"What should we say?" asked his wife, Sherry Old.
His adult son and daughter shook their heads.
It was hard to reduce to a few sentences the simple but spirited life of Gerald Old. He'd worked construction in Clearwater. He installed ATMs and remodeled banks around Florida. He loved Star Trek.
They read a few other obituaries out loud. None felt like Jerry.
All week, they'd been digging out videos and photographs for a celebration at the home he'd lived in for 40-plus years.
There was Jerry as a high school student in Chicago, toothy and geeky, but smiling. There he was on his first date with Sherry in Clearwater, after he'd shaved his beard for her because he knew she didn't care for it.
A few years later, before they were married, the couple sat in folding chairs in front of the garage, she with a broken tailbone and a poodle on her lap, he with a beer in his hand leaning in for a kiss.
They found photos of him digging up the back yard with a backhoe — to fix the septic system and repave around the pool. Putting on a new roof after he expanded the house from a two-bedroom to a four-bedroom. Showing his son, Shawn, how to use a belt sander on the dining room table. Hugging his daughter, Jayme, close. They're both wearing sunglasses.
There he was stroking Jayme's head after she'd spent 24 hours in labor and had a C-section. Asked how he felt about his new grandson, Zackary, Jerry gave a hearty "HEHEHEHE" laugh and said, "Killer."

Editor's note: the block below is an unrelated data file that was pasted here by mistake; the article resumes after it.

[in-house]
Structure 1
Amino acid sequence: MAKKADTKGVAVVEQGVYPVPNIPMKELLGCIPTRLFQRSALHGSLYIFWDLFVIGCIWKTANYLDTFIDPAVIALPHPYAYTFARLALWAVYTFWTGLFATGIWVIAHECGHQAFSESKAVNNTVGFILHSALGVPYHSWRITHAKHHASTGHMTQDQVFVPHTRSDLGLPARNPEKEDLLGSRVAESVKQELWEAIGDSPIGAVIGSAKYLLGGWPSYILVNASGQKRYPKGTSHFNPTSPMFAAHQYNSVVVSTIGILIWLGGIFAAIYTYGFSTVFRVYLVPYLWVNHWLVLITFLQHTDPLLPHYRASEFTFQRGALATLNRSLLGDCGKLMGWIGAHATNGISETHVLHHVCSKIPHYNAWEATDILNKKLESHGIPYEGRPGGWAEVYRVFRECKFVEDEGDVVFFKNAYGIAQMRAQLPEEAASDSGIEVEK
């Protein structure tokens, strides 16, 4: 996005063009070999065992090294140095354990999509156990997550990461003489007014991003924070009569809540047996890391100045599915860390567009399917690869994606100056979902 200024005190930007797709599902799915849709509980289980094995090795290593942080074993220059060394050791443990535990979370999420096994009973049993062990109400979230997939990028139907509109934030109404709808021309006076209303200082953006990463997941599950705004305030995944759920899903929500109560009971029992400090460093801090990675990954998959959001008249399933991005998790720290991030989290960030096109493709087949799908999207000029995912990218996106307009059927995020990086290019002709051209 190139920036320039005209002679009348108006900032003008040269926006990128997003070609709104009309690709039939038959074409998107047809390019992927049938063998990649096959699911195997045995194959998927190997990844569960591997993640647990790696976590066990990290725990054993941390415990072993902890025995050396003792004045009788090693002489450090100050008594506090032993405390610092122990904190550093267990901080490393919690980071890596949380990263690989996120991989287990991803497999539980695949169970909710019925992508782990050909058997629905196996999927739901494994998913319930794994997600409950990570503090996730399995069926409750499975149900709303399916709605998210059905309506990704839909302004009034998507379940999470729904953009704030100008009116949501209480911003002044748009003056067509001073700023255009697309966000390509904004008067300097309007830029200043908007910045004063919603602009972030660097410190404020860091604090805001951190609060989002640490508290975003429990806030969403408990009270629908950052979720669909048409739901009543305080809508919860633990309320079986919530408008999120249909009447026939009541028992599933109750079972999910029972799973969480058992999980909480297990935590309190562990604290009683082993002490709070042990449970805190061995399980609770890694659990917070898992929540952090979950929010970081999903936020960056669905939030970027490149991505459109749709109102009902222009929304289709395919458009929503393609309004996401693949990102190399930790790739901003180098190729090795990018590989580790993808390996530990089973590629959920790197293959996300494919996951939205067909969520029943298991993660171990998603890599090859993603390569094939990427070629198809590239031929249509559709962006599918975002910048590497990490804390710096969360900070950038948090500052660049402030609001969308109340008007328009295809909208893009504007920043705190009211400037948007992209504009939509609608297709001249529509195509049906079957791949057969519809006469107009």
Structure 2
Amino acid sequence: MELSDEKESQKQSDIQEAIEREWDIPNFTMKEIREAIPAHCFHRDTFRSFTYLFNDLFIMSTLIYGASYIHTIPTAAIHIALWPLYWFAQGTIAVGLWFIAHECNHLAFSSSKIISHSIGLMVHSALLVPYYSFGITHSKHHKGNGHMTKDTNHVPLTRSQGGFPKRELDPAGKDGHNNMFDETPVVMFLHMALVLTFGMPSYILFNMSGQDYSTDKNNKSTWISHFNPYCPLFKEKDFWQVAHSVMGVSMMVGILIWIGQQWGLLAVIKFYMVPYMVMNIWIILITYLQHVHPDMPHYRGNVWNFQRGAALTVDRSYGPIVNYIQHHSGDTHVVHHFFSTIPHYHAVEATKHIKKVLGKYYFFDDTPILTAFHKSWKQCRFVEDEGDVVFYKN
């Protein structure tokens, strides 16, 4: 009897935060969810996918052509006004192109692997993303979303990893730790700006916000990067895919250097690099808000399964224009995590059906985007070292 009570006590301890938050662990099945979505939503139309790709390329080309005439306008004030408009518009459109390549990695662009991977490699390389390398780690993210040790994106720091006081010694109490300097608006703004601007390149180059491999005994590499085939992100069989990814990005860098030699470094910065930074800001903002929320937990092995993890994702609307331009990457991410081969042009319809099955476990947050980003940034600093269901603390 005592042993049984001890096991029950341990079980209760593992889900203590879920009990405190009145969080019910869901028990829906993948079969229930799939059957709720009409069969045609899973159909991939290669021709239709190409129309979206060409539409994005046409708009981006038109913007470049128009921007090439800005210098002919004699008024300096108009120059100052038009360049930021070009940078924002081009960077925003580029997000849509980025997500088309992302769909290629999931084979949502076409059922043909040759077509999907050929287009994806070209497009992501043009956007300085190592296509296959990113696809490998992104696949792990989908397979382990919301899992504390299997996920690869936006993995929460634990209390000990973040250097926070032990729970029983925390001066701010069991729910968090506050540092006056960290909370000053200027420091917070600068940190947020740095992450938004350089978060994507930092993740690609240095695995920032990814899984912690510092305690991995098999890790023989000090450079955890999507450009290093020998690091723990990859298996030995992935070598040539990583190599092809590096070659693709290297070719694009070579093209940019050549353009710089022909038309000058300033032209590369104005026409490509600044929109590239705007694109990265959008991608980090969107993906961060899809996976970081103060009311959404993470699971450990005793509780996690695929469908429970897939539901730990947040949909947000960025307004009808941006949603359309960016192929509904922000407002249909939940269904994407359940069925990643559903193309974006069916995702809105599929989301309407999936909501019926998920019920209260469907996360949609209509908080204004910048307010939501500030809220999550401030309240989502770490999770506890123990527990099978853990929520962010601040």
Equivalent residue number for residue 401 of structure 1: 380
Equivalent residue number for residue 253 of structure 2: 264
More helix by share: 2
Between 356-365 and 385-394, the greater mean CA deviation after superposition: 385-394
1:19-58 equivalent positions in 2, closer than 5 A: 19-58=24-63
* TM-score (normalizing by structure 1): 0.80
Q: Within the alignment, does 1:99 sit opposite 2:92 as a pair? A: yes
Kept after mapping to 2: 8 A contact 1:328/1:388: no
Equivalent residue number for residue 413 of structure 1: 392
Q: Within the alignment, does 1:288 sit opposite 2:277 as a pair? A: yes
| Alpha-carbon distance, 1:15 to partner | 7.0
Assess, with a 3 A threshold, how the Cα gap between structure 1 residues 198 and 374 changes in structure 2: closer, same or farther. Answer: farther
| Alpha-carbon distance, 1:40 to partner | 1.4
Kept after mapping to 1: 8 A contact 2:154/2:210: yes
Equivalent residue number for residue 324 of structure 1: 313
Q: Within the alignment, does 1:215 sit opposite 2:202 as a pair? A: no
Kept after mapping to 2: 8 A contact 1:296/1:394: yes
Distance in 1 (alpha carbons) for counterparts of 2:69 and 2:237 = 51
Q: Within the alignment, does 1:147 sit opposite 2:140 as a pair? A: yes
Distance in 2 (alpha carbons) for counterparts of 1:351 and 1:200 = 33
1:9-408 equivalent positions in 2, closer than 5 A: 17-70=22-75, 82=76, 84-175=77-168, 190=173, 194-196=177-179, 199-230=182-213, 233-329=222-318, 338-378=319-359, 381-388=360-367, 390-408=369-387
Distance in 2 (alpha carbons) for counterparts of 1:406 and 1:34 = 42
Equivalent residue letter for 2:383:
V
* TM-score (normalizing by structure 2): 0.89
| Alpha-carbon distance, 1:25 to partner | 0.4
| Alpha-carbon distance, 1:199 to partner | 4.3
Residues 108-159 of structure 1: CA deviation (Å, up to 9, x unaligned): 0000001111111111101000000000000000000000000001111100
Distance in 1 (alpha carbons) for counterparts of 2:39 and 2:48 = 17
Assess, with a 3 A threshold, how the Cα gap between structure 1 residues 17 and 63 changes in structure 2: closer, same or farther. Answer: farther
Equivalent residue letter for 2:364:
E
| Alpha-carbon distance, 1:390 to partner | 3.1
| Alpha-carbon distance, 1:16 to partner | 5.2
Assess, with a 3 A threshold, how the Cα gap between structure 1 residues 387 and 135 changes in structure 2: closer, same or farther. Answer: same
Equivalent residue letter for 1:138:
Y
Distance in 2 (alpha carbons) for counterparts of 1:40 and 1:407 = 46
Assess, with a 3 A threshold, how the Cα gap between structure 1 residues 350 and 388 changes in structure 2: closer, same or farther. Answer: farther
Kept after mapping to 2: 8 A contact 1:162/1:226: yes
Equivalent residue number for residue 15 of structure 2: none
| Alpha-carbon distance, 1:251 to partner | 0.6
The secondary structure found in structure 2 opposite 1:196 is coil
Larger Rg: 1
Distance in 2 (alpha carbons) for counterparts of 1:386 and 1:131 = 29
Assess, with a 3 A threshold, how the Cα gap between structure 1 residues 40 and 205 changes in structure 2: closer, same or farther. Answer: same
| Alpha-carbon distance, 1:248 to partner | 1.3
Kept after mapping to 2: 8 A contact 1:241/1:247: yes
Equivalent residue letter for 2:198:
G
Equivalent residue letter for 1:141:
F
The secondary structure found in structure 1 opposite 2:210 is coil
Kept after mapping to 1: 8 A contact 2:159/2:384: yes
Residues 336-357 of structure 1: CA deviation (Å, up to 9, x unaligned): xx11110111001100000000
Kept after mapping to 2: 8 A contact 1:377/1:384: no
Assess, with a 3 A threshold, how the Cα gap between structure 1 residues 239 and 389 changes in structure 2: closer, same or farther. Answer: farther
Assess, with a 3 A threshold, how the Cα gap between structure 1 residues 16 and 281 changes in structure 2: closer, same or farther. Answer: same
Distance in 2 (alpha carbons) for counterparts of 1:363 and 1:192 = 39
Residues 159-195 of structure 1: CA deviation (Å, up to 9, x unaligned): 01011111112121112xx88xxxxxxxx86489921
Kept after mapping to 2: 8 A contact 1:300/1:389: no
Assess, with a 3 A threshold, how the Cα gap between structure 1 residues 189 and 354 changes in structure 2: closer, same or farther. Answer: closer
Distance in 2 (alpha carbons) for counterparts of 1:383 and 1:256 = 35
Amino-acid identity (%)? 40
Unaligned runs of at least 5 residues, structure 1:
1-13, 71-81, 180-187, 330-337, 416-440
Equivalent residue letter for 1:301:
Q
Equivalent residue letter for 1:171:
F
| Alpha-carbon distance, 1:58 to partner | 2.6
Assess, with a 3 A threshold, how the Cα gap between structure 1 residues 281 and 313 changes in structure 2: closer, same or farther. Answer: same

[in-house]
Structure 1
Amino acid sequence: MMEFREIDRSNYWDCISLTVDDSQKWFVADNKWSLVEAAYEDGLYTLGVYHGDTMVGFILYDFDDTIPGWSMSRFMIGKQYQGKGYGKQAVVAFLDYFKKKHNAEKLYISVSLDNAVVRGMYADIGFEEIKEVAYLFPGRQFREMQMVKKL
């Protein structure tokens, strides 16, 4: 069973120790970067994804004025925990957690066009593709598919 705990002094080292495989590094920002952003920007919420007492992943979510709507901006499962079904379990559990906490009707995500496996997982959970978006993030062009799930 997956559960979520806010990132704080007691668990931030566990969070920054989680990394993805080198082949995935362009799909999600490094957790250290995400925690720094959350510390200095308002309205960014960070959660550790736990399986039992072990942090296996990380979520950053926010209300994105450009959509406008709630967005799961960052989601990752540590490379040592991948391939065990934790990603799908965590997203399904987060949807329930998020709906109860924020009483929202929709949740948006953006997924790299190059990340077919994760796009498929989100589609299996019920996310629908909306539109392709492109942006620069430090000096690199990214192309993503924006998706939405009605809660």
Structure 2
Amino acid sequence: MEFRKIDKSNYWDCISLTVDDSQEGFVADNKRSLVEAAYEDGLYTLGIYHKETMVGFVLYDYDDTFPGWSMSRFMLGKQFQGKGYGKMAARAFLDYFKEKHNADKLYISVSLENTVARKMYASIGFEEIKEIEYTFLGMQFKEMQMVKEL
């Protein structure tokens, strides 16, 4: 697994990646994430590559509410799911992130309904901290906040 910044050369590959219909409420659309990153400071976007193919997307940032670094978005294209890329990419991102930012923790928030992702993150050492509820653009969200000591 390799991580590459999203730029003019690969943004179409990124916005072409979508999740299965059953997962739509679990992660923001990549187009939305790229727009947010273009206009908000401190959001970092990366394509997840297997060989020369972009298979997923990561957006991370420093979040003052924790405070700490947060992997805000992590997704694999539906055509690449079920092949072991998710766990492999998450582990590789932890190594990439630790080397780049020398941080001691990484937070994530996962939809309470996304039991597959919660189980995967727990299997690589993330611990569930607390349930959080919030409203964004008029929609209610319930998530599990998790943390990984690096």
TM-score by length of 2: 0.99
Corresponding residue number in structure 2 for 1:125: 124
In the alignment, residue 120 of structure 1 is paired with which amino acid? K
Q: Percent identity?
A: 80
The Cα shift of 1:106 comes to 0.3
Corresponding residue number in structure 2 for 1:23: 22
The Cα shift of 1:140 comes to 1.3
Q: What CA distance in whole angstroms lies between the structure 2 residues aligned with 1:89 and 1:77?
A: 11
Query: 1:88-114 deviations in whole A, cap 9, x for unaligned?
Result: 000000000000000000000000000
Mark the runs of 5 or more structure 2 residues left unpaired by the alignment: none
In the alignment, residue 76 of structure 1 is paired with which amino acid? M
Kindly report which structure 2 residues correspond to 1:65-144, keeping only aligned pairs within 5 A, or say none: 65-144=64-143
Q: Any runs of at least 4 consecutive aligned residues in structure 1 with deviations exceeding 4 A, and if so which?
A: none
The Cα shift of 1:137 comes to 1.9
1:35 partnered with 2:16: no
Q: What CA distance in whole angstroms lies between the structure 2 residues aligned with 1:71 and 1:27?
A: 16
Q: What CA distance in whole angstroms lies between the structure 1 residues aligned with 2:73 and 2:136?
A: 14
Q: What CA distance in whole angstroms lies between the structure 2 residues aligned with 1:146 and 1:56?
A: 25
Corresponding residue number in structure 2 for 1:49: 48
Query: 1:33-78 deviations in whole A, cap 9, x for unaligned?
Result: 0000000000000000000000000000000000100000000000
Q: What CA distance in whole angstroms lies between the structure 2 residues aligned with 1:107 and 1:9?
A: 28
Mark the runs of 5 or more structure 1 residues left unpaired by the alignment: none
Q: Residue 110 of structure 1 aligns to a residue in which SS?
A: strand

Later, he's spooning carrots from a baby food jar into Zackary's mouth. Helping the little boy rip the wrapping paper off a helicopter at Christmas and a fishing pole on his birthday. Teaching him how to hold a red marker and color a boat. "Let's make a happy face," Jerry says in a video. Grandpa and grandson hold the marker together.
So many pictures of him hanging in the pool with the grandkids, tossing them off his shoulders, sucking on popsicles, playing badminton and remote-controlled boats. Rolling a rubber ball up the slide to Zackary, back and forth, over and over.
Pointing out the white blooms on his plumeria, towel around his waist, hair a little grayer.
Standing next to his wife with the help of a cane. She is holding the bouquet of red, yellow and white roses he has given her for a wedding anniversary. They were married 40 years.
Holding himself up in front of his white work van with a walker, his hand on the hood, a wistful smile on his face. That was the day they washed it, so he could sell it. He couldn't drive anymore.
Sitting in a wheelchair in front of the cows at Sam Seltzer's Steakhouse, joking about tipping over the cows.
Diabetes left him with little feeling in his legs. Then he had gallbladder surgery and complications.
The last picture they took of him was in a rehab facility the day before Valentine's Day. He was sitting in a hospital bed holding a "Be My Valentine" balloon.
The next day, he asked his daughter to get his wife flowers and a card. He wasn't strong enough to sign his usual "Love Always, Jerry." Instead for the first time ever, he jotted down "Gerald" and handed the daisies and mums to Sherry. An hour later, he had a heart attack and died. He was 68.
How to put all that into an obituary?
Son Shawn thought for a moment about his dad — about his fulfilling life, his love of Star Trek, how devoted he was to his family.
He wrote a sentence.
"I've had a hell of a lot of fun with my family and friends and I enjoyed every minute of it."
Beam me up, Scotty!"